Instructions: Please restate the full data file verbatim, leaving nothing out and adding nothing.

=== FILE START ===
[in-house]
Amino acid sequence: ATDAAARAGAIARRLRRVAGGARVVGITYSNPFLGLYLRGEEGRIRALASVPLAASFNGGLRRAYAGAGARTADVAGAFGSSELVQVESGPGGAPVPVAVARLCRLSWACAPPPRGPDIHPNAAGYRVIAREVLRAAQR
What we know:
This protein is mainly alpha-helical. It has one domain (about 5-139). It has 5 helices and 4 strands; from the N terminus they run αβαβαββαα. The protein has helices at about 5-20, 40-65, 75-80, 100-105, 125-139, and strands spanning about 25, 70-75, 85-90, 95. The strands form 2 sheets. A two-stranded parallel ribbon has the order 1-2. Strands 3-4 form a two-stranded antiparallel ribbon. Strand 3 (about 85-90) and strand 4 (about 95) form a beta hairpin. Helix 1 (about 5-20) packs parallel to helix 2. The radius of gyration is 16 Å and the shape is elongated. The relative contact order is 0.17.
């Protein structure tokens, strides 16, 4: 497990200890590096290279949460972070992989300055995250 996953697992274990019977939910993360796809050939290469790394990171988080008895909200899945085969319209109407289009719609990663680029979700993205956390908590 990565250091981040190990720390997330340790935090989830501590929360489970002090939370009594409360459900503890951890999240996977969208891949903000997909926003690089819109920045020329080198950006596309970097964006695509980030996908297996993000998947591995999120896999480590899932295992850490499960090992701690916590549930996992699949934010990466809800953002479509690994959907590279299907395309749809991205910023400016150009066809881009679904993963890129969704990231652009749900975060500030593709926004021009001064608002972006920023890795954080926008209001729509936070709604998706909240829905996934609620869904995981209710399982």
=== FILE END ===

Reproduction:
[in-house]
Amino acid sequence: ATDAAARAGAIARRLRRVAGGARVVGITYSNPFLGLYLRGEEGRIRALASVPLAASFNGGLRRAYAGAGARTADVAGAFGSSELVQVESGPGGAPVPVAVARLCRLSWACAPPPRGPDIHPNAAGYRVIAREVLRAAQR
What we know:
This protein is mainly alpha-helical. It has one domain (about 5-139). It has 5 helices and 4 strands; from the N terminus they run αβαβαββαα. The protein has helices at about 5-20, 40-65, 75-80, 100-105, 125-139, and strands spanning about 25, 70-75, 85-90, 95. The strands form 2 sheets. A two-stranded parallel ribbon has the order 1-2. Strands 3-4 form a two-stranded antiparallel ribbon. Strand 3 (about 85-90) and strand 4 (about 95) form a beta hairpin. Helix 1 (about 5-20) packs parallel to helix 2. The radius of gyration is 16 Å and the shape is elongated. The relative contact order is 0.17.
């Protein structure tokens, strides 16, 4: 497990200890590096290279949460972070992989300055995250 996953697992274990019977939910993360796809050939290469790394990171988080008895909200899945085969319209109407289009719609990663680029979700993205956390908590 990565250091981040190990720390997330340790935090989830501590929360489970002090939370009594409360459900503890951890999240996977969208891949903000997909926003690089819109920045020329080198950006596309970097964006695509980030996908297996993000998947591995999120896999480590899932295992850490499960090992701690916590549930996992699949934010990466809800953002479509690994959907590279299907395309749809991205910023400016150009066809881009679904993963890129969704990231652009749900975060500030593709926004021009001064608002972006920023890795954080926008209001729509936070709604998706909240829905996934609620869904995981209710399982």